Lower Swan Creek in Toledo is getting a makeover on a couple of fronts, and when the work is done this urban diamond-in-the-rough could become a polished gem.
The natural beauty of the native plants and wildlife in this scenic little urban waterway - for too many ignorant decades past treated like little more than an open sewer - at long last is being given its due.
Of late Mayor Carty Finkbeiner collected in his office his commissioners of parks and forestry; streets, bridges, and harbor; sewer and ditch maintenance, solid waste, and environmental services.
His purpose - make the Swan clean from Byrne Road to the mouth on the Maumee River downtown. And do it by Sept. 13, the date of the annual Clean Your Streams volunteer litter cleanup program.
"It needs work, without any question," said the mayor. "But it is beautiful." No argument here.
"We're going to clean up Swan Creek as far as any of the logjams in advance of the Clean Your Streams project in September," added Denny Garvin, commissioner of parks and forestry. "We're pulling out the litter and the logjams and disposing of it properly. We're all fully committed to this. I think it will make a huge difference."
The commissioner noted it is inevitable that over time fallen bankside trees will block the creek's flow, eventually jamming up piles of limbs, brush, and litter. "We're just glad that the mayor is so committed to this. This is his priority."
In any case, for his part the mayor - and by association, the city - is on board with the heavy lifting in the creek cleanup.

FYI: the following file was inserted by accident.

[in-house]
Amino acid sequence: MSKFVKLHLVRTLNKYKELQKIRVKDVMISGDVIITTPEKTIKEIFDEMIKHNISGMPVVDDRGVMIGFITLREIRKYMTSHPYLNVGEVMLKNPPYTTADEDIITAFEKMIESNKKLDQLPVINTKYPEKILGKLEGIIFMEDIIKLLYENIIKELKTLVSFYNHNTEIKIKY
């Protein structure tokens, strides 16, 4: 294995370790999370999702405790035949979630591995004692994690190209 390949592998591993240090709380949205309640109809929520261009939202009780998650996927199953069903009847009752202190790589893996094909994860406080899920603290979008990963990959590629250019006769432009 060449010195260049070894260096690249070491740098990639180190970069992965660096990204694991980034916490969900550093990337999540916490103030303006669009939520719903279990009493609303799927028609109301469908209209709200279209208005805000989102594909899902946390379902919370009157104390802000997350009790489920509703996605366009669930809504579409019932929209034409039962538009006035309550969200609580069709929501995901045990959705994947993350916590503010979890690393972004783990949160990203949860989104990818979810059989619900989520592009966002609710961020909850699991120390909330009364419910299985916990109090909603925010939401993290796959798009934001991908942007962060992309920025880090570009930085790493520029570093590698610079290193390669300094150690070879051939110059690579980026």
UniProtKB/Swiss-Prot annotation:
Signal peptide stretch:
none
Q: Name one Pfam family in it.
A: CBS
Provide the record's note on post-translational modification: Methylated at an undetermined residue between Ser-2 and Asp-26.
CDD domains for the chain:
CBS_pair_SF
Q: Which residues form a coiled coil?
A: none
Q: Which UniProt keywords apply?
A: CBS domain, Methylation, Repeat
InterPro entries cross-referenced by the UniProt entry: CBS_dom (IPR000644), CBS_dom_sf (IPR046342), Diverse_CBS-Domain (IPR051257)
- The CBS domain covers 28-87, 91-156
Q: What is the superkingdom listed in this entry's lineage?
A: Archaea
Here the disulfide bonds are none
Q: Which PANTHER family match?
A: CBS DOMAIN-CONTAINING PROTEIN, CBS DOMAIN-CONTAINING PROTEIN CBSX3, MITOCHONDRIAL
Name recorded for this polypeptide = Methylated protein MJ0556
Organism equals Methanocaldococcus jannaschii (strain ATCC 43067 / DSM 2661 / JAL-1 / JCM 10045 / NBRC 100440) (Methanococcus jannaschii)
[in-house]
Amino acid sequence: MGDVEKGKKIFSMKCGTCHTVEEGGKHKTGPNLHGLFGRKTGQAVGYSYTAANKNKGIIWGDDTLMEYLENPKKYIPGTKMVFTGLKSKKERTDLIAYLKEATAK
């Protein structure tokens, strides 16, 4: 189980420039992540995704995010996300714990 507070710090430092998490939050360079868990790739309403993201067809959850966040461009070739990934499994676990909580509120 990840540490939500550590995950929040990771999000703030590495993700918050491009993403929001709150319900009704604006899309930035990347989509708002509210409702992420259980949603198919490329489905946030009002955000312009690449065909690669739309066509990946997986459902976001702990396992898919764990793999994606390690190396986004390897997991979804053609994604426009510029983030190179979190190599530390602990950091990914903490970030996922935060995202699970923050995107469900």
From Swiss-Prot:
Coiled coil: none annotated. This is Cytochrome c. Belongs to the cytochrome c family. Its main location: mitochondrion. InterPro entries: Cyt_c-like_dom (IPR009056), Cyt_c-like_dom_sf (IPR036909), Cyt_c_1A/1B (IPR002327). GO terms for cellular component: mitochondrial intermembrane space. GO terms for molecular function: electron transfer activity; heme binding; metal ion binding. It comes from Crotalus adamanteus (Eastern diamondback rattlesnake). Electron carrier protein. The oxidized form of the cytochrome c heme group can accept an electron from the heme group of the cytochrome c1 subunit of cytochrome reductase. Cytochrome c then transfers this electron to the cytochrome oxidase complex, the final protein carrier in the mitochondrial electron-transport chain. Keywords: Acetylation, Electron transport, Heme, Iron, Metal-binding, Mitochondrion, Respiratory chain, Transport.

So is Partners for Clean Streams Inc., a Bowling Green-based nonprofit organization that recently merged with the Maumee Remedial Action Plan (RAP). The latter is a group created two decades ago to unite the region on cleanup efforts for Toledo-area waterways.
"Partners for Clean Streams wholeheartedly supports the mayor's massive effort to remove logjams, debris, and garbage in and along Swan Creek, taking the annual Clean Your Streams Day that the city has been a long time leader in, to a whole new level," stated Kristina Patterson PCS executive director.
"This coordinated, five-division effort will start with detailed mapping of garbage and log jam 'hot spot' identification, both by foot and by water, and lead to access agreements and large removal equipment to clear out the largest and most awkward debris that volunteers cannot get ourselves."
In June a flotilla of canoeists/conservationists paddled, portaged, and grappled with the lower Swan, from Byrne Road to the Erie Street Market downtown. The floodplain was teeming with wildlife and wildflowers, the tree canopy as cool and soothingly darkened as a cathedral.
The trip, organized by PCS, was aimed at raising community awareness of the stream, and how Toledo has an ugly duckling that had the potential to become a graceful swan. But some litter accumulates annually, especially around the jams, though not in the volumes in decades past, thanks in part to periodic massive cleanups.